Fortis Corporation (FTS) is Canada's version of Old Faithful, the geyser in Yellowstone National Park that can be counted on to erupt every 90 minutes, observes Gordon Pape, dividend specialist and editor The Income Investor.

Fortis can be depended on to raise its dividend at this time every year, through good times and bad.

The company recently announced a 6.1% dividend increase to $0.4775 per quarter ($1.91 annually), effective with the Dec. 1 payment.

This is the 46th consecutive year that Fortis has increased its payout and it's not going to stop anytime soon. The company is projecting annual dividend increases in the 6% range at least until 2024.

Many investors still know little or nothing about it, despite its dividend aristocrat credentials. Perhaps it's because the head office is in St. John's, Newfoundland. But make no mistake about it — this is an impressive company. Fortis runs an international utility empire with assets worth $53 billion.

Its history dates back to 1885, when it was founded as the St. John's Electric Light Company. It 1990, Fortis acquired Maritime Electric in Prince Edward Island. In 1996, it moved into Ontario and in 1999 went international by acquiring assets in the Cayman Islands and Belize. In 2012, it moved into the U.S.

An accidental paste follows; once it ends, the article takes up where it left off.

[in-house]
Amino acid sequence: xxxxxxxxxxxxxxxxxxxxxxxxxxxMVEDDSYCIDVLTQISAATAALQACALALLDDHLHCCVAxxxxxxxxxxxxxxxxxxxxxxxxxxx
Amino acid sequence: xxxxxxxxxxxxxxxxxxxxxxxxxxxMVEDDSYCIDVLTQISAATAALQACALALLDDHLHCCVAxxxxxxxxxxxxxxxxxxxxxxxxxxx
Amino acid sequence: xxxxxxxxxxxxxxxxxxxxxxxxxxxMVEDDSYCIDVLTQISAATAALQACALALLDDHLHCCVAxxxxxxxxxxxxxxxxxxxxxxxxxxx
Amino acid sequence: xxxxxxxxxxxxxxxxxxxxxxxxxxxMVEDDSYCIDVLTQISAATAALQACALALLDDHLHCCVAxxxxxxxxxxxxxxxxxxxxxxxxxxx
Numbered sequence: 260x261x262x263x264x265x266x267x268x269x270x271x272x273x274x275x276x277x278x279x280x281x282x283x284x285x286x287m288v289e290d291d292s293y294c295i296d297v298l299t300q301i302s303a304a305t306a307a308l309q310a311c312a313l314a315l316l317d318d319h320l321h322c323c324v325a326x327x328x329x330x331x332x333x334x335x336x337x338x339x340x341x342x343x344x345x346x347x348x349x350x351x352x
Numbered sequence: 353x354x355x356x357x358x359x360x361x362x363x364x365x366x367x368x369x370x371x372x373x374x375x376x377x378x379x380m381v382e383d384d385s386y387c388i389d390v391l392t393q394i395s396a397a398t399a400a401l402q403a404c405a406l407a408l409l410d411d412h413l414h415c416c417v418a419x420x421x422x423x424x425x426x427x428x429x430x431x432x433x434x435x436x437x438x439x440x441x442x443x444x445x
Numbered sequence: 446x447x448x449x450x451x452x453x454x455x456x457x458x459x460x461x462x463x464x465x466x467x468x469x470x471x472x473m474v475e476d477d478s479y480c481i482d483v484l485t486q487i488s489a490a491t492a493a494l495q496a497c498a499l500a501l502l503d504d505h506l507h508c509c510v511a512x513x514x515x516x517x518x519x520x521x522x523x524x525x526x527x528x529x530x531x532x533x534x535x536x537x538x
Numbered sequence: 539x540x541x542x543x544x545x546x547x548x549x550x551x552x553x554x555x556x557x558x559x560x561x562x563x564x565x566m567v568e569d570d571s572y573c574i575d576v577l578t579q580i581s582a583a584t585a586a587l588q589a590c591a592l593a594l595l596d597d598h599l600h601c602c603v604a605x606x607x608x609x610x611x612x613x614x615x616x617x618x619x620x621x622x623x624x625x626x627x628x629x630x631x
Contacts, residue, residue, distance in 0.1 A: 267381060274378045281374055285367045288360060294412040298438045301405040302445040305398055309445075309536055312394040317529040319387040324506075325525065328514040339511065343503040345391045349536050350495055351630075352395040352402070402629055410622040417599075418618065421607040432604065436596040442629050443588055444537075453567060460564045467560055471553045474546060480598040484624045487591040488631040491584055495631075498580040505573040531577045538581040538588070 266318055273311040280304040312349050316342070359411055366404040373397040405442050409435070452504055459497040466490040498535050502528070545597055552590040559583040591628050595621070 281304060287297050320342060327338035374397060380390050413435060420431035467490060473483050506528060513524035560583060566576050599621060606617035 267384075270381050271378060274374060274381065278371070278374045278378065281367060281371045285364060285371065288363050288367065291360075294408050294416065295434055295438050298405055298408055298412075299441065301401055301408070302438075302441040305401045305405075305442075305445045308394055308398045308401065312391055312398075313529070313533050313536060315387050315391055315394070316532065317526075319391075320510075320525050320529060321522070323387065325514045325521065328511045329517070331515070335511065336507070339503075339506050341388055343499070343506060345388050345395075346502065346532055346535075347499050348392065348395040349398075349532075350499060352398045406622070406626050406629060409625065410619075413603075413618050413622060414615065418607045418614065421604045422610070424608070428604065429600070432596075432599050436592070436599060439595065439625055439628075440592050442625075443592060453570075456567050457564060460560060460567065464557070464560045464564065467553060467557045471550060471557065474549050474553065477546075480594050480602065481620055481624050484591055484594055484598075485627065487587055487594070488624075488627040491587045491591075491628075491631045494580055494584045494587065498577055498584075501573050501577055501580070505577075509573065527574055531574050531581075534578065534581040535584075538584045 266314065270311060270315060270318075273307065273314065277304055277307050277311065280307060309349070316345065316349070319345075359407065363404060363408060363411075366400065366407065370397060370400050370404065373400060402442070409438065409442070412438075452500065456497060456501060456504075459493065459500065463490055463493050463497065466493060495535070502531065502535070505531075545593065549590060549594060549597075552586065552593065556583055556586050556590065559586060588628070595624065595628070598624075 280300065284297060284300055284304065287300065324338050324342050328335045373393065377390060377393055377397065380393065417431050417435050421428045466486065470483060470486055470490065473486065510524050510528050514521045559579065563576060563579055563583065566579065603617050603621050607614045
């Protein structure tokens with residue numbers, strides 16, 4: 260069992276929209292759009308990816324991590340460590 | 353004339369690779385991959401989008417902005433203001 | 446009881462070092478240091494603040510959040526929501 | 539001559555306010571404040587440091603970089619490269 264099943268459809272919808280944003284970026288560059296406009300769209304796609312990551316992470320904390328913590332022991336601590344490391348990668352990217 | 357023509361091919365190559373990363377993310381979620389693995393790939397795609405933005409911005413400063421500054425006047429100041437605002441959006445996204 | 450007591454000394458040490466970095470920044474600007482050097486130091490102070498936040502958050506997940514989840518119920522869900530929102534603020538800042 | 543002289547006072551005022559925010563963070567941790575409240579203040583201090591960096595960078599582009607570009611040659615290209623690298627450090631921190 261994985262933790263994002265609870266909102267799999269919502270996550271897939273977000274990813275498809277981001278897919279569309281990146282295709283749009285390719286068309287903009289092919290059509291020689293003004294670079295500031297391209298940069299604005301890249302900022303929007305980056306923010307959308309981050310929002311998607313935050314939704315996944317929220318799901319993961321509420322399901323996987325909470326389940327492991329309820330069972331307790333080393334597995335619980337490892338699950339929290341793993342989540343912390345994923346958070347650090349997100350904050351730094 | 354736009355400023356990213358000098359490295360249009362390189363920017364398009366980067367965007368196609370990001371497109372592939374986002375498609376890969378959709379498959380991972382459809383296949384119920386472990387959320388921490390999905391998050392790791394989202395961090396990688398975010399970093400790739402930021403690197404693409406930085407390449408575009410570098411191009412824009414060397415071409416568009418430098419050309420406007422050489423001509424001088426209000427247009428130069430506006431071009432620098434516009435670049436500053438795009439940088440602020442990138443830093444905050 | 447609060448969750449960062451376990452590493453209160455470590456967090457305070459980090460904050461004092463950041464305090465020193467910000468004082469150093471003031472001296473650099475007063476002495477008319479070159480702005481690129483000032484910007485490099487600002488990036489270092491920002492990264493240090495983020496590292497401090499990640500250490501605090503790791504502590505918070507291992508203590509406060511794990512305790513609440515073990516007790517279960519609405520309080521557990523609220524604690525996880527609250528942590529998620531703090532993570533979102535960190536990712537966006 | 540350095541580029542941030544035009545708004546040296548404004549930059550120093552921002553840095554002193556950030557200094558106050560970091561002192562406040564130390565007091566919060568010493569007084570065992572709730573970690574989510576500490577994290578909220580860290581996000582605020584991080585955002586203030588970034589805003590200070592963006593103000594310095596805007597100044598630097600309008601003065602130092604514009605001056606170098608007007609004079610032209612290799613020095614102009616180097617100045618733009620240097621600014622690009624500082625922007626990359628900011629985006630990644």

Today, Fortis serves more than three million gas and electric customers across its system. Total revenue in 2018 was $8.4 billion. Third-quarter results were consistent with a year ago, as you might expect from a utility. Adjusted net earnings were $287 million ($0.66 per share) compared to $277 million ($0.65 a share) in the same period last year.

For the first nine months of the fiscal year, Fortis earned $838 million ($1.93 per share). The comparable year-ago numbers were $825 million ($1.95 per share). There was an increase in the number of common shares outstanding this year, which explains the lower earnings per share.

When I first recommended buying Fortis back in 2005, I wrote: "This is a stock that offers steady and increasing cash flow and modest long-term growth potential with limited downside risk." More than 14 years later, the same words still apply. I rate the stock a buy.

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